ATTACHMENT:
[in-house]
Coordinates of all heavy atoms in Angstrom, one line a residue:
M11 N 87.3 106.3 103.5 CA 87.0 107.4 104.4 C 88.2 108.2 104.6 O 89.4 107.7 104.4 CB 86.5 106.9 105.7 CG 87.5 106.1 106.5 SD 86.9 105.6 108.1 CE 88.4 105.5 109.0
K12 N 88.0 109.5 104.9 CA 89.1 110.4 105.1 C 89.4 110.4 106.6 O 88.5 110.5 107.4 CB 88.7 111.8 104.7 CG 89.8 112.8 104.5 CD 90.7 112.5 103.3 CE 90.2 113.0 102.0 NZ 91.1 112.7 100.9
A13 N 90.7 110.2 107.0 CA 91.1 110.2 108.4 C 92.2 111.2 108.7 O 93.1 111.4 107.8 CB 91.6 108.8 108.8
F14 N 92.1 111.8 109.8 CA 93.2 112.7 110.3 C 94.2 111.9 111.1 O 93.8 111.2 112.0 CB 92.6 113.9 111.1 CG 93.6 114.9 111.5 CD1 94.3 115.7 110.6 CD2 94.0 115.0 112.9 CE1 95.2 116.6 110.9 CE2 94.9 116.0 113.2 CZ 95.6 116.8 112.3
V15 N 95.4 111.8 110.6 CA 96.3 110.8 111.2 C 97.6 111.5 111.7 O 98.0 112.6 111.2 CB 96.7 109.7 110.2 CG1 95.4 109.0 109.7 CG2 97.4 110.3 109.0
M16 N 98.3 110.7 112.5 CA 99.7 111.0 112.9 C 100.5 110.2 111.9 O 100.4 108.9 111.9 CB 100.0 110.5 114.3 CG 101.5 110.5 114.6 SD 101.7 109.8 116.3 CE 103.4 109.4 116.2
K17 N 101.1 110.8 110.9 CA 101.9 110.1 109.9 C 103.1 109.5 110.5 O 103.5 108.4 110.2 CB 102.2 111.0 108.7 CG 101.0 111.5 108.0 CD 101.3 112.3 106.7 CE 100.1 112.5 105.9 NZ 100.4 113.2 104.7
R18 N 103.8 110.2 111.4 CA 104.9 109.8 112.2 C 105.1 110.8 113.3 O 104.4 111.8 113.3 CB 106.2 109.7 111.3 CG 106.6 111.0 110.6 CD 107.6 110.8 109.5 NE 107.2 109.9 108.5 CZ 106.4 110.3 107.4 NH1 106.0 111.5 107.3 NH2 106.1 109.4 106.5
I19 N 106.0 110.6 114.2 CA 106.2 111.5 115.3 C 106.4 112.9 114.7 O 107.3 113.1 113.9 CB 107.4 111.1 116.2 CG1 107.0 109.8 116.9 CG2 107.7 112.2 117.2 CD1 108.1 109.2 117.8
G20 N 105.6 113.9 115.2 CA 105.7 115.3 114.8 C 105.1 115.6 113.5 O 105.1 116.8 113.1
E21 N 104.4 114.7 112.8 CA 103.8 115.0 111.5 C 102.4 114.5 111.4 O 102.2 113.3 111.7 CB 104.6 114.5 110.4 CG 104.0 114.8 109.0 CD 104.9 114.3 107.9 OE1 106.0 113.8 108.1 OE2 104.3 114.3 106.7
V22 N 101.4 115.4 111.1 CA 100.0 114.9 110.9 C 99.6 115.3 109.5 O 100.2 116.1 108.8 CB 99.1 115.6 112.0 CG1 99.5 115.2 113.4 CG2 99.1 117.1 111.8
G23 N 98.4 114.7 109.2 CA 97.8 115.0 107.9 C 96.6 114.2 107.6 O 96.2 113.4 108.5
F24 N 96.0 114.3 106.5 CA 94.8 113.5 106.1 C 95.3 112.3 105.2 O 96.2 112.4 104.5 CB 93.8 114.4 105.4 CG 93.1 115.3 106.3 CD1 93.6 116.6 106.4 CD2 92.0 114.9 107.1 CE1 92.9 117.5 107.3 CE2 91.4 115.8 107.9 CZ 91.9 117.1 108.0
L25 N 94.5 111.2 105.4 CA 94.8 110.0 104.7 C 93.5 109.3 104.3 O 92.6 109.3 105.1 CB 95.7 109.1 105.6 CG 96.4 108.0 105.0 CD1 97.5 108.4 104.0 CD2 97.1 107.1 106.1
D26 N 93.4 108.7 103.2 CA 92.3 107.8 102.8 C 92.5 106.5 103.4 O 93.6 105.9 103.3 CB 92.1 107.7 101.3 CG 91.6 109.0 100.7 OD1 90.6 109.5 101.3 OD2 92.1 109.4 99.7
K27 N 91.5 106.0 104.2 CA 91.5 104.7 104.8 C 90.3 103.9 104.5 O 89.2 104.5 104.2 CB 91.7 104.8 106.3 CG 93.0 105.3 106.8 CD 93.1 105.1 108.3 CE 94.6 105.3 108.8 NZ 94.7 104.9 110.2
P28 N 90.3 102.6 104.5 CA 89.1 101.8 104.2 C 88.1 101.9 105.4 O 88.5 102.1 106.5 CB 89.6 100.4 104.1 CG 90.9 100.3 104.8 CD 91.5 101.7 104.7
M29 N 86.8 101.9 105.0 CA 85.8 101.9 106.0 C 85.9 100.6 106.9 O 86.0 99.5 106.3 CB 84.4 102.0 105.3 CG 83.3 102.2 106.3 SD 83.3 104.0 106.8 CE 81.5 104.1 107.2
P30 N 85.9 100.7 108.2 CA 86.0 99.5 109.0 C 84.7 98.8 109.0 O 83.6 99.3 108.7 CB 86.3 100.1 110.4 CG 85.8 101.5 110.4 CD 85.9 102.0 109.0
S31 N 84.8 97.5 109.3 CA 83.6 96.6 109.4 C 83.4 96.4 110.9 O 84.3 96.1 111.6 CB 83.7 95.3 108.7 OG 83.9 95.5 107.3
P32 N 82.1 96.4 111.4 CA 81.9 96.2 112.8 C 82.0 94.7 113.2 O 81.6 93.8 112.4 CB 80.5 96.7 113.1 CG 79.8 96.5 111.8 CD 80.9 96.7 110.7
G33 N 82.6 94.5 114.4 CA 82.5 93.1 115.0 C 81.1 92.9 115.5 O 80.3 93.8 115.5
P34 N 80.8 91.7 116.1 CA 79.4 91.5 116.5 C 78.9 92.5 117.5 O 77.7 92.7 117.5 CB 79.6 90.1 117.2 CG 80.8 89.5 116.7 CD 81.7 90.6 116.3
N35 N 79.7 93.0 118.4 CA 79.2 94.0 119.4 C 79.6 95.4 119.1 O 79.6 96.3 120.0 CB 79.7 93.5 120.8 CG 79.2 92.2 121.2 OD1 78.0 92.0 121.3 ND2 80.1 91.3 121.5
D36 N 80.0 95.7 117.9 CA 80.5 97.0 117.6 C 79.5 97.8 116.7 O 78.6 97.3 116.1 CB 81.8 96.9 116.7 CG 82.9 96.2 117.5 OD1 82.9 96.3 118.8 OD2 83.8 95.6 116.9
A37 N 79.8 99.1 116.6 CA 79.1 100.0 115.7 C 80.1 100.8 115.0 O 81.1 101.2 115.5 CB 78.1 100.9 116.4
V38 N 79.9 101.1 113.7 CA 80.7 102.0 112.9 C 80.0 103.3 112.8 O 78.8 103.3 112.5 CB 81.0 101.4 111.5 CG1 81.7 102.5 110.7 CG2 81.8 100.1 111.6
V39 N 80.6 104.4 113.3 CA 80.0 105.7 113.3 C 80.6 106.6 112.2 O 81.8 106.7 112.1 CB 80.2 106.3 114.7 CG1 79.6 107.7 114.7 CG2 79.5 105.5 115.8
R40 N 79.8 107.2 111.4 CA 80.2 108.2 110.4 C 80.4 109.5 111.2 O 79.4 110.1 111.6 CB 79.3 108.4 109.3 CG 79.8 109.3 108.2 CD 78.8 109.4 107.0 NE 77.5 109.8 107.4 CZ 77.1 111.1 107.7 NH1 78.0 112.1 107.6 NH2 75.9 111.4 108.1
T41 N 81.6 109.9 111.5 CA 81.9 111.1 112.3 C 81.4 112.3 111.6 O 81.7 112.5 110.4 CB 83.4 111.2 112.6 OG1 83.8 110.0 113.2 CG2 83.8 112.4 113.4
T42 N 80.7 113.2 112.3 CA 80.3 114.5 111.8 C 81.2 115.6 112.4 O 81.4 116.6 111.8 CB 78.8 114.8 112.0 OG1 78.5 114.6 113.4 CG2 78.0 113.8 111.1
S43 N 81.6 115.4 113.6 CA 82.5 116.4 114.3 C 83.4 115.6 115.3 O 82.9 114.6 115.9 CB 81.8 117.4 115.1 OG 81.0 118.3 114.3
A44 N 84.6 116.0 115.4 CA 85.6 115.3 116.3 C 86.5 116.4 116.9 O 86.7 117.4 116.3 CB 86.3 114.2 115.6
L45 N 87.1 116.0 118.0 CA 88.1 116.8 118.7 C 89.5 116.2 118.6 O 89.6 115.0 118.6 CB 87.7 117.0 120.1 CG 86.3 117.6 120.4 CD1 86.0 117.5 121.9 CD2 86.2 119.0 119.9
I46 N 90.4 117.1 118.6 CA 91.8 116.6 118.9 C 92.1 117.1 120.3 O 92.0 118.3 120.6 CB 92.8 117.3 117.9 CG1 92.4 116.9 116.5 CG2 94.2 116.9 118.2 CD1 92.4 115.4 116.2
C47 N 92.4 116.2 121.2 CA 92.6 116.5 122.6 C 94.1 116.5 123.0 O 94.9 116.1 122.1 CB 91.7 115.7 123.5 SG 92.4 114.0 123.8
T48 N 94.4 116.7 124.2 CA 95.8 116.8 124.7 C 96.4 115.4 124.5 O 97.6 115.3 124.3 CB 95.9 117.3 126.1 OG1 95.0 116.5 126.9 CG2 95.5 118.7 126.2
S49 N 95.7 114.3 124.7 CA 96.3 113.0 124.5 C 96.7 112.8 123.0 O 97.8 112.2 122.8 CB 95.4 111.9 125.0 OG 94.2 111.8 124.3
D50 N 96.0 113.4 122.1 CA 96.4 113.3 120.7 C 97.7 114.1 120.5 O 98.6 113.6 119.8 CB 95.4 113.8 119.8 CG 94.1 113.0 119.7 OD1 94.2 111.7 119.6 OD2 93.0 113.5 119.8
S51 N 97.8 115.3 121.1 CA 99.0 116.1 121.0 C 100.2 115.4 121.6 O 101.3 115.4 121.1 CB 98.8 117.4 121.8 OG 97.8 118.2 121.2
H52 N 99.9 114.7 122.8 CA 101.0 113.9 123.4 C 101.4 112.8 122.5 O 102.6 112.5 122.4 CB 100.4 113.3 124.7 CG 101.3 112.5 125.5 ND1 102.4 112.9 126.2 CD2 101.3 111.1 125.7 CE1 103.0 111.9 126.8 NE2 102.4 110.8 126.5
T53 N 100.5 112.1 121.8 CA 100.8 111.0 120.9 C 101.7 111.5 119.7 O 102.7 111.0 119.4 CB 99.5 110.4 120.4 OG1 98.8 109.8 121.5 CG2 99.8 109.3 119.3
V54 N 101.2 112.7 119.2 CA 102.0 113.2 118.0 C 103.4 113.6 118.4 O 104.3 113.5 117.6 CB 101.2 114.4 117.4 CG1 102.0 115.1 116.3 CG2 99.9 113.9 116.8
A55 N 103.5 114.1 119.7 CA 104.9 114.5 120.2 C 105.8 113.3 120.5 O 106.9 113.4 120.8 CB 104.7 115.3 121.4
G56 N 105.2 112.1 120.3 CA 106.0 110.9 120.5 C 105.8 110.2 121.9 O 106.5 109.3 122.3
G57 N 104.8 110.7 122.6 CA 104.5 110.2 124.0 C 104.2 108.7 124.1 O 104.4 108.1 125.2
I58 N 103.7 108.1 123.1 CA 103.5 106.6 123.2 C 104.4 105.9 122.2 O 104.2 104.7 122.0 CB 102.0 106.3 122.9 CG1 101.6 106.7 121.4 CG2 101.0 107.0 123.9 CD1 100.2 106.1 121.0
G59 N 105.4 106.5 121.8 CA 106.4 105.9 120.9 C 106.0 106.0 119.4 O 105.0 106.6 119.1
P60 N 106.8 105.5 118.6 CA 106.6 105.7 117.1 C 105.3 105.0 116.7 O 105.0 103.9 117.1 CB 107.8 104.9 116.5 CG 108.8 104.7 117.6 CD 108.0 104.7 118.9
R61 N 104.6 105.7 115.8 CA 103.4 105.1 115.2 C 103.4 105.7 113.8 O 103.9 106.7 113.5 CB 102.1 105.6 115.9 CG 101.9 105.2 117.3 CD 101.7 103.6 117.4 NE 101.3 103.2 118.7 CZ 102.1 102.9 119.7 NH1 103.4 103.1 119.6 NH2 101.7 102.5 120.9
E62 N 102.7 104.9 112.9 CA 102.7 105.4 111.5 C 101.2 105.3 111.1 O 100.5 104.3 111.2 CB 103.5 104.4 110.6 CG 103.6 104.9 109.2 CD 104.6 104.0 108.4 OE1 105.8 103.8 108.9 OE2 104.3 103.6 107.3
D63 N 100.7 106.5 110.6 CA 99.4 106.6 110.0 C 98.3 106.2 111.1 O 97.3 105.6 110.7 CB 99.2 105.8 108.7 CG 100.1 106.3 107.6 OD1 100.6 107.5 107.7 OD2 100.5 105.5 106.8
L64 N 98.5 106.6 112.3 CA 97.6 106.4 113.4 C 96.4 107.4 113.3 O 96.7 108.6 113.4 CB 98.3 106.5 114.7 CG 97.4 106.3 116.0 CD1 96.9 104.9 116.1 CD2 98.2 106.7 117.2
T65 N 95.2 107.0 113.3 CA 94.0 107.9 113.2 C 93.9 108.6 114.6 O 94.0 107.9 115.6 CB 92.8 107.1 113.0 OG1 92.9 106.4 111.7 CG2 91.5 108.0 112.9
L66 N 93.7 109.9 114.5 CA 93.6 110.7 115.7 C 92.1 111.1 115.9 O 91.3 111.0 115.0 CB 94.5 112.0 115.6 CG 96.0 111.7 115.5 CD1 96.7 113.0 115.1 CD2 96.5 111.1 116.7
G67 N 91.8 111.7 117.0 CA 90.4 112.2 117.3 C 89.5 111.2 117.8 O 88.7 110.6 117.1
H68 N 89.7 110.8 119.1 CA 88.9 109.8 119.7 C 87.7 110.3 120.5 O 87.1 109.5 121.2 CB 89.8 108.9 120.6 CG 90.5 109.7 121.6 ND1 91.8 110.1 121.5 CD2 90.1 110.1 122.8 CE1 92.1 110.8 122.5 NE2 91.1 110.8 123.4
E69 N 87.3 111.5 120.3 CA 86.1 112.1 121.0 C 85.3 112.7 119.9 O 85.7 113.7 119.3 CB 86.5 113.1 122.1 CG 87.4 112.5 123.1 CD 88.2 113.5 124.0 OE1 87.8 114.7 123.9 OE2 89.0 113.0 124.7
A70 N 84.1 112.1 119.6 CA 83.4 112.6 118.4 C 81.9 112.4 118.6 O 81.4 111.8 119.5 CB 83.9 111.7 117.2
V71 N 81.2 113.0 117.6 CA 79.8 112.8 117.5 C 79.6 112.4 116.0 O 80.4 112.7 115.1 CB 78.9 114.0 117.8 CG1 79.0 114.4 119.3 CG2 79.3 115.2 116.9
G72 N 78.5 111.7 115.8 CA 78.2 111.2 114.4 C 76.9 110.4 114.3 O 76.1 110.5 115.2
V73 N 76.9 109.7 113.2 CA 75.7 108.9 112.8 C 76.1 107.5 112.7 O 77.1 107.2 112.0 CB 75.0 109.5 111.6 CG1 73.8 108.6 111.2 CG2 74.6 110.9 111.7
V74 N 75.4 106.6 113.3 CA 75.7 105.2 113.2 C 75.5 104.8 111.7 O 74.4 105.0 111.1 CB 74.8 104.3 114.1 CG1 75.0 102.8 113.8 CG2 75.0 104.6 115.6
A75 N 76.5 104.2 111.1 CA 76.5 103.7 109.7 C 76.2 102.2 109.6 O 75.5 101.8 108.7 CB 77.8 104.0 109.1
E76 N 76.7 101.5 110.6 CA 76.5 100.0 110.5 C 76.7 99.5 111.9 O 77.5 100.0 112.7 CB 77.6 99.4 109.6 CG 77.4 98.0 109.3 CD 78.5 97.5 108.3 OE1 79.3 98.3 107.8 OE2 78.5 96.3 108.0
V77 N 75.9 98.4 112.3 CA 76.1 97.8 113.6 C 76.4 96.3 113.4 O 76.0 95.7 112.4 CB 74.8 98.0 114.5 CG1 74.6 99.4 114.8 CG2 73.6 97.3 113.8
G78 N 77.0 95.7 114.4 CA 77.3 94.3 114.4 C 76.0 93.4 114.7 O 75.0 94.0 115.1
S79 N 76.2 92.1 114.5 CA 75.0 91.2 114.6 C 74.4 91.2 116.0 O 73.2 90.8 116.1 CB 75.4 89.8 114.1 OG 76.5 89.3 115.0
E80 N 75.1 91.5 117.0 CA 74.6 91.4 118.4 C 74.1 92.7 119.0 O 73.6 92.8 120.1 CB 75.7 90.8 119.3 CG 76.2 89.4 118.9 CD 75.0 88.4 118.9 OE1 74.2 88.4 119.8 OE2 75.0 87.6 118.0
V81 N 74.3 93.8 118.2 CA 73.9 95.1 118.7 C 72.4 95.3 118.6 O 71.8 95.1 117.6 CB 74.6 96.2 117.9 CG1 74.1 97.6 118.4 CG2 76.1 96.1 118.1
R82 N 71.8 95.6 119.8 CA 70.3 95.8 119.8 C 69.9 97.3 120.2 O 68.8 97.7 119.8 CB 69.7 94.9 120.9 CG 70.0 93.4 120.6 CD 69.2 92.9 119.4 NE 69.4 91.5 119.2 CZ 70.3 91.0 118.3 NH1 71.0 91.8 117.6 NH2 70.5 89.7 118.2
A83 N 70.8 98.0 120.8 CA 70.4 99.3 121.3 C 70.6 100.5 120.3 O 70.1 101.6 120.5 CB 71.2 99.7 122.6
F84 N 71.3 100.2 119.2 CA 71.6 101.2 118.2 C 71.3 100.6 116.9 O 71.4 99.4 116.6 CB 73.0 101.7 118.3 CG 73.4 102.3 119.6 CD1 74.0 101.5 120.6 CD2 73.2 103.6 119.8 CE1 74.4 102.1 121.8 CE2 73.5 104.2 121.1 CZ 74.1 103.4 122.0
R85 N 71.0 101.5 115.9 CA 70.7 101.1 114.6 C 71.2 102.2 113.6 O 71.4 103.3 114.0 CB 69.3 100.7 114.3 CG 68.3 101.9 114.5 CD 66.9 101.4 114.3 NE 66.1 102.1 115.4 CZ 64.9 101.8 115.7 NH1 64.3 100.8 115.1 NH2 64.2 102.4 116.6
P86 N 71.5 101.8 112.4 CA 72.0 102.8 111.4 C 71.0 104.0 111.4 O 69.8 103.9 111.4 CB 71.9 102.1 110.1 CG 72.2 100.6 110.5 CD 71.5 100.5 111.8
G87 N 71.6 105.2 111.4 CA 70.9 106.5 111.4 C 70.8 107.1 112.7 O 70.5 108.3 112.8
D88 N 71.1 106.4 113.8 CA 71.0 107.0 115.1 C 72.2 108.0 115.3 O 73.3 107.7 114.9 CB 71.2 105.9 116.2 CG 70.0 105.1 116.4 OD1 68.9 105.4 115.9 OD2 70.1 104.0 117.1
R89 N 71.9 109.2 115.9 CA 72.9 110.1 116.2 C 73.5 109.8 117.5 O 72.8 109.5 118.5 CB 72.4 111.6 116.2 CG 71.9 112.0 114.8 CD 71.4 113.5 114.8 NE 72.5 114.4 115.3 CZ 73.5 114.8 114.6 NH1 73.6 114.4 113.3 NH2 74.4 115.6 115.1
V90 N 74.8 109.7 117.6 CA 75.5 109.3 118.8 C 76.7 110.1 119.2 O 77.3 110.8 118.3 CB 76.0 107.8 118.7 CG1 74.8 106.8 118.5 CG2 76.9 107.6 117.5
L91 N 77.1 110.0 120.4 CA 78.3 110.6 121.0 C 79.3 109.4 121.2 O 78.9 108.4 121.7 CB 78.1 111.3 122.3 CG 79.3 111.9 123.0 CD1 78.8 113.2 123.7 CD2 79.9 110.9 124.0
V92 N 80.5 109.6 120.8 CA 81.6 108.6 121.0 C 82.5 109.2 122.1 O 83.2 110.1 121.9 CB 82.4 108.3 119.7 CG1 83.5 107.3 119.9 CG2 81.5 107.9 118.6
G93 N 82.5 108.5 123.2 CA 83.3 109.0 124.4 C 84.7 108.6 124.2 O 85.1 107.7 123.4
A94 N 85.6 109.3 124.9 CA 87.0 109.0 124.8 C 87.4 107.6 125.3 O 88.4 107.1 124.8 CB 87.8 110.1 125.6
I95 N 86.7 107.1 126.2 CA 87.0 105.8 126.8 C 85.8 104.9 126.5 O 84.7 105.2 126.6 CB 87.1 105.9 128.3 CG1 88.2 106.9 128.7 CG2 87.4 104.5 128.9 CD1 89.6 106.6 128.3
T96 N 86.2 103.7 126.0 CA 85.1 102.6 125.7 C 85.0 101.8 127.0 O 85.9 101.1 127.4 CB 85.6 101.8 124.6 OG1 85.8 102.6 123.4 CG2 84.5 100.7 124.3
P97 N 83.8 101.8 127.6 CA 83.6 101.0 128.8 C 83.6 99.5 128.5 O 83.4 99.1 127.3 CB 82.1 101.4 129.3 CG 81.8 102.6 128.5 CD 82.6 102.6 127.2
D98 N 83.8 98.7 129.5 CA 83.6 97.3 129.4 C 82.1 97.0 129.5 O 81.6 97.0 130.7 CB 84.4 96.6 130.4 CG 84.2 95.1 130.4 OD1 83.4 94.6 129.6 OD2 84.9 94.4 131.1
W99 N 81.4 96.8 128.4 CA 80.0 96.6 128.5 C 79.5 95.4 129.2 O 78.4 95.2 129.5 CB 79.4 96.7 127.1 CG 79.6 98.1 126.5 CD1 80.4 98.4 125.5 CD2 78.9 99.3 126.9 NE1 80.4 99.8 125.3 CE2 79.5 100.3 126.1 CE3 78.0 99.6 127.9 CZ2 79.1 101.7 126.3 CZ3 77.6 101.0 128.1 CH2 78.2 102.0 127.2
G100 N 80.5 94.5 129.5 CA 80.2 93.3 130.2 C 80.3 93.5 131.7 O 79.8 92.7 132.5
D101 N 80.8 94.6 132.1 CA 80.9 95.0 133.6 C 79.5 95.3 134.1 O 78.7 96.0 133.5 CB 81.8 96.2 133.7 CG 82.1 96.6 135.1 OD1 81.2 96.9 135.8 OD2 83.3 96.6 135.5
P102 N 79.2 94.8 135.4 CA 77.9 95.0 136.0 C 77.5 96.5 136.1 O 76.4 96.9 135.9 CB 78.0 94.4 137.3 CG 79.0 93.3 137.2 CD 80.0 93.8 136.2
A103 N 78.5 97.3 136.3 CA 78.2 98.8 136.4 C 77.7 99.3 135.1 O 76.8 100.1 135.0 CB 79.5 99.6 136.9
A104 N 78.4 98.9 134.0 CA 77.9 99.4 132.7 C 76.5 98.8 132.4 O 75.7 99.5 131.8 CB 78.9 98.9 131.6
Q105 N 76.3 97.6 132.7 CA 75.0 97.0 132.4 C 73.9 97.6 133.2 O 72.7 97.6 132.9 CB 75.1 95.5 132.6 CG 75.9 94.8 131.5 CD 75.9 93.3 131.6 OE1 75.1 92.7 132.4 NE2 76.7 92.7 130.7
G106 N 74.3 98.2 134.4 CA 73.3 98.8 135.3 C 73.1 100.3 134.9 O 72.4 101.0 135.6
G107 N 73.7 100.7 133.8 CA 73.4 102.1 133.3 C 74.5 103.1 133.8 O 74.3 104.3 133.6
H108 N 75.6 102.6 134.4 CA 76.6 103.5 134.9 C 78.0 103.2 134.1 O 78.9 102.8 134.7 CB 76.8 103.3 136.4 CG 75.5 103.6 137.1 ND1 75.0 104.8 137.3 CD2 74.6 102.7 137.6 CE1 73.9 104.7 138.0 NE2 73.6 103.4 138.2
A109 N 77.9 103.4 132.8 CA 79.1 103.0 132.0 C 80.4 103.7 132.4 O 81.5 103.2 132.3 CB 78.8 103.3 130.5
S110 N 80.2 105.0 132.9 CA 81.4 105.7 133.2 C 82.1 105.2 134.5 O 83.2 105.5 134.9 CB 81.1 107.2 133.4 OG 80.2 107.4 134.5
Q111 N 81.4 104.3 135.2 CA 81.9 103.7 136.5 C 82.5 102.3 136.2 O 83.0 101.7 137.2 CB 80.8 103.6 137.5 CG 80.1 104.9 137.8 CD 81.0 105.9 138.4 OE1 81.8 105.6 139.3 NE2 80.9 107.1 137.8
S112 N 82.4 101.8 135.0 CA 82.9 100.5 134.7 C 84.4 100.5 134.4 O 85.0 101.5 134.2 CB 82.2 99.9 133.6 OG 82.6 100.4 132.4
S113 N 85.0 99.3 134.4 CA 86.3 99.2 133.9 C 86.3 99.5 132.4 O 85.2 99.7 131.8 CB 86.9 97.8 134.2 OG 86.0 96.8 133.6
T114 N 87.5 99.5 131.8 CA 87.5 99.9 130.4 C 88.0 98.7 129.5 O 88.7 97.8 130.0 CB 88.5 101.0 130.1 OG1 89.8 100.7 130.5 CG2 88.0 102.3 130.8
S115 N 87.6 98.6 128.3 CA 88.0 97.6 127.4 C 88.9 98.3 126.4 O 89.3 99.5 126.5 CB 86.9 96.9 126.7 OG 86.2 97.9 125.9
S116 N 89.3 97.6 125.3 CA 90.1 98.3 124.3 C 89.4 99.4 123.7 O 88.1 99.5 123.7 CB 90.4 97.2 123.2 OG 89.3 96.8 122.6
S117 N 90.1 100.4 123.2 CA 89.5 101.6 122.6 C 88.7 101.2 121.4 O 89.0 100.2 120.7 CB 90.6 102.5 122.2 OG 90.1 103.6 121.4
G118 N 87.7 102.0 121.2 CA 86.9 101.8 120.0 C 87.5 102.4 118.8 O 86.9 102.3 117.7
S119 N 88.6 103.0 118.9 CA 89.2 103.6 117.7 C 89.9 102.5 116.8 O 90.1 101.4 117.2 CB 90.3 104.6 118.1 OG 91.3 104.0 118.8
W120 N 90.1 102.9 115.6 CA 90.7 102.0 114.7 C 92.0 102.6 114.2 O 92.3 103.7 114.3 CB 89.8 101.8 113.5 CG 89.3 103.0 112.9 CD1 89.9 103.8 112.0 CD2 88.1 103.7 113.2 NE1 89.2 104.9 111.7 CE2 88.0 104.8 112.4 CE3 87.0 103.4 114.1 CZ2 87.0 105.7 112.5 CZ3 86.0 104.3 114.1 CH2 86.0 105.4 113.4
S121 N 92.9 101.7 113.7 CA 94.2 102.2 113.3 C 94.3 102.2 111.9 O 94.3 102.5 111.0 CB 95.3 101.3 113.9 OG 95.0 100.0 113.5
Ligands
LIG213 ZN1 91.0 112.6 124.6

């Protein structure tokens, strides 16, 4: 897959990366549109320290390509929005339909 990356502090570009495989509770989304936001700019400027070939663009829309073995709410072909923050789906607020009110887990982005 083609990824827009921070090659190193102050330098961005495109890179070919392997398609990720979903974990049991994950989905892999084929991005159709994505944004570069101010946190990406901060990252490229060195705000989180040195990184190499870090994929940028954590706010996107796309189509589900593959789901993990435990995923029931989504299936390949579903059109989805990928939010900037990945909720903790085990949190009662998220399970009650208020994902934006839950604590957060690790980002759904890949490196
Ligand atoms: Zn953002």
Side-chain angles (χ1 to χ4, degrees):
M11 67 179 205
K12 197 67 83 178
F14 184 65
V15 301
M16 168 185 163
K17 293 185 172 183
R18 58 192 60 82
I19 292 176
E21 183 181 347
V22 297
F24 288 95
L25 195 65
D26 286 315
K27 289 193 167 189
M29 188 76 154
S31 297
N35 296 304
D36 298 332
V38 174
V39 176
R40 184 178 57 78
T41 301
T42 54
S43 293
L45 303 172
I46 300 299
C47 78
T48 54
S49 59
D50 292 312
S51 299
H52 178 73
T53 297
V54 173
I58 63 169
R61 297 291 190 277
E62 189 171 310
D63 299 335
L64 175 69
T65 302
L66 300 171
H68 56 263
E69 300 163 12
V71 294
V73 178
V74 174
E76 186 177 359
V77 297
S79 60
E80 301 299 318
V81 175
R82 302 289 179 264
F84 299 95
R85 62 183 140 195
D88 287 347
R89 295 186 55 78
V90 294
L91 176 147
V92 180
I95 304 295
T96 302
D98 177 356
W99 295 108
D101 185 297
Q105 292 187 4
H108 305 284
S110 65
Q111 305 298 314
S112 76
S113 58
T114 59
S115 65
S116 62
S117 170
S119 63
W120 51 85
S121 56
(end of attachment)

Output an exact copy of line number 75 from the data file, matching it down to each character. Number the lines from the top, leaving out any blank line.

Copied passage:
A83 N 70.8 98.0 120.8 CA 70.4 99.3 121.3 C 70.6 100.5 120.3 O 70.1 101.6 120.5 CB 71.2 99.7 122.6